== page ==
Although patients with diabetes areprone to retina problems, a new study foundthat tighter control of blood pressure slowsdown the progress of this complication andhelps stop vision loss. The study included1148 participants with type 2 diabetes andhigh blood pressure. The participants wererandomly assigned to either a tight or lesstightblood pressure control strategy.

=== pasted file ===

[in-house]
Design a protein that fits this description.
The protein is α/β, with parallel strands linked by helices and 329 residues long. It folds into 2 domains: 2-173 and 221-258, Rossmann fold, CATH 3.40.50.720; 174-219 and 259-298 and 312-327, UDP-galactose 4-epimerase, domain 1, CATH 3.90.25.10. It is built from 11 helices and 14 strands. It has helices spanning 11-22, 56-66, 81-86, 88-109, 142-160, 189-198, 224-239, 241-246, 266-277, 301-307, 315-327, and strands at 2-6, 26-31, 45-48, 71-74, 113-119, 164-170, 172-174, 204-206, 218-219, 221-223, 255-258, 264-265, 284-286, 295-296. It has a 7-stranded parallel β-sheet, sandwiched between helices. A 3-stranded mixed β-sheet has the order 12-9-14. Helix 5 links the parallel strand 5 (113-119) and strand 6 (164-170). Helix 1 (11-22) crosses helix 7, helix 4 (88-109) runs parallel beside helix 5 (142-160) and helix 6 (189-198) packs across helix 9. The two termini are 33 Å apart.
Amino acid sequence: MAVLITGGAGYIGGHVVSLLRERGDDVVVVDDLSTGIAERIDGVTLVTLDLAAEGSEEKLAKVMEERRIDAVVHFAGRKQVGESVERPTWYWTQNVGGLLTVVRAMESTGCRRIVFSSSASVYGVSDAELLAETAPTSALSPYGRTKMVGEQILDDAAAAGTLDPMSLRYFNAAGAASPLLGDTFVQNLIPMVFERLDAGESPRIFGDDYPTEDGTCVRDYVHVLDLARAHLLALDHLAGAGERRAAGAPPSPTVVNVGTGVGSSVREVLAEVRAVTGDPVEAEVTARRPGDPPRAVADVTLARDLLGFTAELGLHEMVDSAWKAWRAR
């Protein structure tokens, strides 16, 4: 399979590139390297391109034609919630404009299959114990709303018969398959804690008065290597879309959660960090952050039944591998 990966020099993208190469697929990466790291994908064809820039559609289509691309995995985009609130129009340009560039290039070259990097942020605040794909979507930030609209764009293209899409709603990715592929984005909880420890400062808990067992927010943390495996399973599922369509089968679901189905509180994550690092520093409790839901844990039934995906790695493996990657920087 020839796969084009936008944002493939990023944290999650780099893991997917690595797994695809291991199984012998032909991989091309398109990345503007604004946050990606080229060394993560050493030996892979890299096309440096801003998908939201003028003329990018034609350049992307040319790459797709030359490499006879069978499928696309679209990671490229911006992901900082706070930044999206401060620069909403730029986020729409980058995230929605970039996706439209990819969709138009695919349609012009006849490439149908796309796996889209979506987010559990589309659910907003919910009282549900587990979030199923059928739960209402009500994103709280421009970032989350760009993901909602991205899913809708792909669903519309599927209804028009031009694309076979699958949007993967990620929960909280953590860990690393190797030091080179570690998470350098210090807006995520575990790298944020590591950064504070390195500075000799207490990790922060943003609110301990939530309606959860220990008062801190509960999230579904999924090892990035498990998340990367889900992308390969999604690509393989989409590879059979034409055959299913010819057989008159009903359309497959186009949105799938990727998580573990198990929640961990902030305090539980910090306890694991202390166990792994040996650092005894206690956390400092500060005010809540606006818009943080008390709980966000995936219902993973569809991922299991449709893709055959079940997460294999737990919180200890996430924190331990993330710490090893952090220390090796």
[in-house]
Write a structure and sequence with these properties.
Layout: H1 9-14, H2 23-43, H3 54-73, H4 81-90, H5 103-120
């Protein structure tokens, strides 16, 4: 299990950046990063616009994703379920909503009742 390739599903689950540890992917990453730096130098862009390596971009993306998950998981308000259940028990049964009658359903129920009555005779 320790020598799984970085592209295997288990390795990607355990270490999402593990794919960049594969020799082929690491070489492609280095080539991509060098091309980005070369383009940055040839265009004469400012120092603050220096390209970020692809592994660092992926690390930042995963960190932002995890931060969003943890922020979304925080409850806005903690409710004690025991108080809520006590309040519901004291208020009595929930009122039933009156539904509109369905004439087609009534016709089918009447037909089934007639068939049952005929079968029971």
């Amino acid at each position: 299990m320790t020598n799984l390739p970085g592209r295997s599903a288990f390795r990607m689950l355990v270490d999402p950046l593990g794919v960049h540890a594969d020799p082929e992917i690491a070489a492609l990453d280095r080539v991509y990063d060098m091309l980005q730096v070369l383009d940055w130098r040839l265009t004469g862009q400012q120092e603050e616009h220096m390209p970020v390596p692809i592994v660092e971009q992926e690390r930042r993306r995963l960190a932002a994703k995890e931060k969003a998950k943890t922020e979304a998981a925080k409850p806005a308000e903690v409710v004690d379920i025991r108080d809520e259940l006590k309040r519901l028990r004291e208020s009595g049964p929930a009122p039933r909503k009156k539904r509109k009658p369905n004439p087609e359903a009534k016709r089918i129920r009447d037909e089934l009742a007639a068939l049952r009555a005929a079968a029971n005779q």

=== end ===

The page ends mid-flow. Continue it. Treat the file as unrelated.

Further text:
The researchers established a 150/85-mm Hg goal for the tight-control group; forthe other group, the goal was 180/105 mmHg. The participants were followed for 9.3years. The results of the study showed thattight control was connected with a majorreduction in all types of retinal damage,compared with less-tight blood pressurecontrol. Further analysis indicated that tightcontrol slowed retinal disease progression,and the patients were less likely to needphotocoagulation to repair the retinal damage,compared with the less-tight controlgroup. Tight control also decreased the riskof blindness in 1 eye by 25%. (The findingswere reported in the Archives of Ophthalmology,November 2004.)